The carnival was great, but a lot different than what I was expecting. It was good to experience their culture though. The carnival was basically a series of crazy cultural shows. I thought it was going to be more like Mardi Gras in New Orleans, but hey… I’m in South America, not the U.S.
Afterwards we went to a bar on the beach were we once again had a few drinks. This place was pretty sweet as it had the cool local feel to it. I attempted to create a conversation with a local… but once again, the language barrier kicked in after two sentences. You can totally tell if they want to continue speaking with you. If they don’t want to talk, they are just short with you, but if they do they will explain more than they need too. She wanted to talk, but what can you do right?
Not speaking the language causes serious closure (couldn’t think of a better word) issues though. If you play your cards right, starting a conversation is not an issue most of the time. All the more reason to keep learning right!!!???
It was a great weekend that was full of surprises and it was a nice way to enjoy our two days off from intensive spanish classes. Even though spanish was still used all weekend…. Oh and on the return trip we booked first class seats which included champagne! We didn’t even know we booked it haha.
I’m six weeks in and I have learned a lot. Not just about spanish either. I’ve learned a lot about people and their cultures too. I’ve met some awesome locals and made some great friends from other countries that I will keep in touch with forever. Most importantly though, I think I’ve learned that “fun” for me is constantly pushing myself to achieve more, or that that’s my main motive (not saying I don’t have lazy moments, because in reality… I’m not Superman haha…. believe it or not). Most people will say that their dream life would be living on the beach everyday, with a cold beer or tropical drink next to them… To me going out to bars/clubs, traveling, and all that stuff is fun. But there is something about not fulfilling potential that totally urks me. I don’t think I will ever be satisfied, in a good way though.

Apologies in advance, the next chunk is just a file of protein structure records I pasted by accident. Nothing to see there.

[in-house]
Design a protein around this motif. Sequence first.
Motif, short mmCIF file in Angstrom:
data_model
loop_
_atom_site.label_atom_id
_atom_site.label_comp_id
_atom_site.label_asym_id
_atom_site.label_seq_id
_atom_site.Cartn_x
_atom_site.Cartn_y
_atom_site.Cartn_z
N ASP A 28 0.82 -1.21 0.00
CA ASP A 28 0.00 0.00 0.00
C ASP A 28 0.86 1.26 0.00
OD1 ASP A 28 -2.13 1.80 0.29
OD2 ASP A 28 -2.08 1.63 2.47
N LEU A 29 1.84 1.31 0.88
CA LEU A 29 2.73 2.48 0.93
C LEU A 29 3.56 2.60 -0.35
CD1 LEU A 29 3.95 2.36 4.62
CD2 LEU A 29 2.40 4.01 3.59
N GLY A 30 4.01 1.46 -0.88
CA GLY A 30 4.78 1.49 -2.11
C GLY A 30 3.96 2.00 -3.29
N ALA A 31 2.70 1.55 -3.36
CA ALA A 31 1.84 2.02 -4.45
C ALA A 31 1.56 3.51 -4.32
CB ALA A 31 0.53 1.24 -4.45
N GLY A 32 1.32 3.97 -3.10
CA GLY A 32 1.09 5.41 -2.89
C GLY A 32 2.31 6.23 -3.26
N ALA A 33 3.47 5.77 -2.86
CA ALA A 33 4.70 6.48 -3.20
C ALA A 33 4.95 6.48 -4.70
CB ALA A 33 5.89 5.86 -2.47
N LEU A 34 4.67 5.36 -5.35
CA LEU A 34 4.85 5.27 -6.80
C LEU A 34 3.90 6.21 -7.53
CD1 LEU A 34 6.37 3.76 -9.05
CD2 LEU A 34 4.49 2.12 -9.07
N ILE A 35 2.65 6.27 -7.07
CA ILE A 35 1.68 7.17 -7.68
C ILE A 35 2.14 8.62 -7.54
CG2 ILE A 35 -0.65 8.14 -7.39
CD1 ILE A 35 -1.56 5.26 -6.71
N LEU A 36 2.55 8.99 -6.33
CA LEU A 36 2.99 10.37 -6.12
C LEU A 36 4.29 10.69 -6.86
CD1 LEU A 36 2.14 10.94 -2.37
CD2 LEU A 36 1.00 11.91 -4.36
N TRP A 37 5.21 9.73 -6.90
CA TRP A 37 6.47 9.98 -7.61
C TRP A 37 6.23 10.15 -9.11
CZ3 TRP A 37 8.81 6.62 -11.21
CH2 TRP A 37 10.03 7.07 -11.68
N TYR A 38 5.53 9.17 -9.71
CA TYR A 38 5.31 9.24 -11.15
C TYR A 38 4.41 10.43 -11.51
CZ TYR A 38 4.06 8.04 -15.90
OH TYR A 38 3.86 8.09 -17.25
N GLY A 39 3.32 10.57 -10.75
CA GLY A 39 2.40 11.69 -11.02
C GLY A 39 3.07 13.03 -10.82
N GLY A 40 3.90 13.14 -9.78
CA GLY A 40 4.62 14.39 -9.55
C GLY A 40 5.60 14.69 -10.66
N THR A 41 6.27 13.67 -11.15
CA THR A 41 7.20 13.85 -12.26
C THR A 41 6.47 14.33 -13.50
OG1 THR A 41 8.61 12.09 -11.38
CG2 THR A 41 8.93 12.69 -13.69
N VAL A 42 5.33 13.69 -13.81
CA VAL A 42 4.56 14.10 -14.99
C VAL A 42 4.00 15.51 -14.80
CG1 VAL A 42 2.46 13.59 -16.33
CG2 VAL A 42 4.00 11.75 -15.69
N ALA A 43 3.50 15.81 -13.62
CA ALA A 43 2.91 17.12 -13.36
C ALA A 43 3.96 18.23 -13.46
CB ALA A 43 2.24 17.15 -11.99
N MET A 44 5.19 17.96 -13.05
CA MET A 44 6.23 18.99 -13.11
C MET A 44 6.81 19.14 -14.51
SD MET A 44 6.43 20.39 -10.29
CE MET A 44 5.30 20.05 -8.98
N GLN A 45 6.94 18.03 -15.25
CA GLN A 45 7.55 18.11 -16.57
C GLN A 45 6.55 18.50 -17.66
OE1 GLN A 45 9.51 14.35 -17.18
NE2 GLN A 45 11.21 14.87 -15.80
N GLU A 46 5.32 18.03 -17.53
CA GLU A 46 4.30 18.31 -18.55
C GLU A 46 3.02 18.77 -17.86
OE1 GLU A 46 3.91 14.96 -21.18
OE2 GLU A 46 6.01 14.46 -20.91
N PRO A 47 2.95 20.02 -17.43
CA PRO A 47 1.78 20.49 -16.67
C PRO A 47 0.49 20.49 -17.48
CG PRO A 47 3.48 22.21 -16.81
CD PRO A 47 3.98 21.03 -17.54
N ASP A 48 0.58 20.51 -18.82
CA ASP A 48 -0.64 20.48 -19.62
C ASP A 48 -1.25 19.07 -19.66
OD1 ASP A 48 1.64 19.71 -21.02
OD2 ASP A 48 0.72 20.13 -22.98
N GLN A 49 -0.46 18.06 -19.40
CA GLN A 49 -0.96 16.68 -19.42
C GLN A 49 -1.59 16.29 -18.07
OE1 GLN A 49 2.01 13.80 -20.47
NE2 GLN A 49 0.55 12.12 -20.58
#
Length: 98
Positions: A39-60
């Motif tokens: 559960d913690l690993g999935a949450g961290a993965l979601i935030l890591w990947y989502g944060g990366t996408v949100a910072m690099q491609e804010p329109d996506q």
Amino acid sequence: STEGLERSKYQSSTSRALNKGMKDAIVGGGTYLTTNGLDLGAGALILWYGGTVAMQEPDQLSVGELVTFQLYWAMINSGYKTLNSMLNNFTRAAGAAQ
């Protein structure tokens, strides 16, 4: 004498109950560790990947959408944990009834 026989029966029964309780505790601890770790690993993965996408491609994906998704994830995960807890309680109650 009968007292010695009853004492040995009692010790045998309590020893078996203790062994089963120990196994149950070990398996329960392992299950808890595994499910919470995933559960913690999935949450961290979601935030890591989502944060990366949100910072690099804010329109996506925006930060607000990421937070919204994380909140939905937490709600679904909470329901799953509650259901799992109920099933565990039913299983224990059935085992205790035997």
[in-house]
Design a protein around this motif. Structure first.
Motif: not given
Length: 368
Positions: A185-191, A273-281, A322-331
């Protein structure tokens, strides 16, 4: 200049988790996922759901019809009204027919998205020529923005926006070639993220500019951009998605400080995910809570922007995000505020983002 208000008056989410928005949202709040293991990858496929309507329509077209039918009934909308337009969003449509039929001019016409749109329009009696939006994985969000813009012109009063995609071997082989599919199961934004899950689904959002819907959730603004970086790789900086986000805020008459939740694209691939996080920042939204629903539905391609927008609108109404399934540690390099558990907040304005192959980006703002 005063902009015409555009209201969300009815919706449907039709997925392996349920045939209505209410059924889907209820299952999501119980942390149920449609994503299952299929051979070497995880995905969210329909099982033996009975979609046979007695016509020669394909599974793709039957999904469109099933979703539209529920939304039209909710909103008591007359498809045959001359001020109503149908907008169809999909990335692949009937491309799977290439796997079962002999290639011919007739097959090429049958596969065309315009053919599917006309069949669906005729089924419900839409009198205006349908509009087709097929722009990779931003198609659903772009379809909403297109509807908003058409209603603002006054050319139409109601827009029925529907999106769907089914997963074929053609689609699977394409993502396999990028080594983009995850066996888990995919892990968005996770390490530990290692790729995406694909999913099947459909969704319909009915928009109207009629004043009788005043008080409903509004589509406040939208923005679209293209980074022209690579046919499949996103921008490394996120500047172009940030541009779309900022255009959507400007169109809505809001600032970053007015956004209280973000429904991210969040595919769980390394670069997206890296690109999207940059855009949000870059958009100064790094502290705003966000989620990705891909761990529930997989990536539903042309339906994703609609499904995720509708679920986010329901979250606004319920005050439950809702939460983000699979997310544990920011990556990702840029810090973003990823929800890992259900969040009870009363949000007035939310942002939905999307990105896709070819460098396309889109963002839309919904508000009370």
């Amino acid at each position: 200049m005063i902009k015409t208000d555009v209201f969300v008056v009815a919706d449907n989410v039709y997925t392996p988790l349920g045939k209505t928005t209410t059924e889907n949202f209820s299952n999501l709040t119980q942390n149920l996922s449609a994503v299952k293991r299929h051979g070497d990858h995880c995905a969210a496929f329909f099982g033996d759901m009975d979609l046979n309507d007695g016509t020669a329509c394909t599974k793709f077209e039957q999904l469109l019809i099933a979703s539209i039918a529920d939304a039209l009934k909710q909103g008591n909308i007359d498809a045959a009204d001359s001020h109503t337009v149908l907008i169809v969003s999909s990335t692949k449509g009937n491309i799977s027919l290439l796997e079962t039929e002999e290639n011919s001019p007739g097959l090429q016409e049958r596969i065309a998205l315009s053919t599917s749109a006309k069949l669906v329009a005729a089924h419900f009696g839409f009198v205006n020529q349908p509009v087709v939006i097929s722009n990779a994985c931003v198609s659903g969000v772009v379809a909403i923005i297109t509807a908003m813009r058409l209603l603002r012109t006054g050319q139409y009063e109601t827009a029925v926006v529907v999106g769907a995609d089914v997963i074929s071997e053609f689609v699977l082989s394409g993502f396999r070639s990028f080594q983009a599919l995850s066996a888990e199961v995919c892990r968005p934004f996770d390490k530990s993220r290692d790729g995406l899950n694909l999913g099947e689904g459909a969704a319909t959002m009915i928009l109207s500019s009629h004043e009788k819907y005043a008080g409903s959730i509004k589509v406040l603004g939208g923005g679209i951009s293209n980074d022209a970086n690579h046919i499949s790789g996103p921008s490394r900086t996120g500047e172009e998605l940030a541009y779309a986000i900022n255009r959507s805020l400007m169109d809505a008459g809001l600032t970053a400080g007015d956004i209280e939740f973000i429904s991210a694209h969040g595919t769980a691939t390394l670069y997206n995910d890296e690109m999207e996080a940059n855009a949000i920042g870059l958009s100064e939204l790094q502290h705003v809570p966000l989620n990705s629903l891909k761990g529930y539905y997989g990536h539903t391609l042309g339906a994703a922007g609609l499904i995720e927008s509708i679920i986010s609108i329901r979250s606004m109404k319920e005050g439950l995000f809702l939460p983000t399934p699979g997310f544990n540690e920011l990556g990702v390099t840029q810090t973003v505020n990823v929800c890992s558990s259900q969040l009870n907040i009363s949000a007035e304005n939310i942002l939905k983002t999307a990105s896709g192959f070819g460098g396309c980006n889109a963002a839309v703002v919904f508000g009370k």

To relate, I get frustrated daily, but there hasn’t been one time where I have thought about quitting. I honestly look forward to going to class every day believe it or not. My dad once told me that to be a college basketball coach you had to love it, not just like it. Most people like things or hobbies, but don’t love them. If you truly want something worth value you either have to love doing it(putting up with all the work that goes into it)… or be ok with being completely miserable haha. In my case I believe I love learning the language. But don’t let me make you think I’m good, because I’m still terrible lol. Just saying that I’m still pushing through and growing. I know it will be worth it though.
Stay tuned for a few of my next articles where I will be comparing the great Dixie to the life of a Porteno (Buenos Aires local). Hopefully my Polo lessons and futbol experience will be coming soon as well.
I WILL SPEAK SPANISH!
- I usually need SPF 50, but I think in South America I need SPF 100… haha just exaggerating a little bit, but not really. The sun is stronger down here.
- Learning a new language is killing my memory, I’m not forgetting things but it’s taking me longer to recall simple things because my brain is prioritizing Spanish.
- Be ready for your spanish to get tested after greeting someone in Spanish with confidence. I totally got caught on this one.
- Girls down here totally dig the Rihanna hair style
- If you’re from the U.S. you’re generally either loved or hated. There is rarely a middle ground.
- I WILL SAY THIS AGAIN…. NOT SPEAKING THE LANGUAGE CAN TOTALLY KILL OPPORTUNITIES… (take this how you want too)
- Two weeks from Friday I’m heading to Chile, getting pumped! but I will miss Buenos Aires for sure…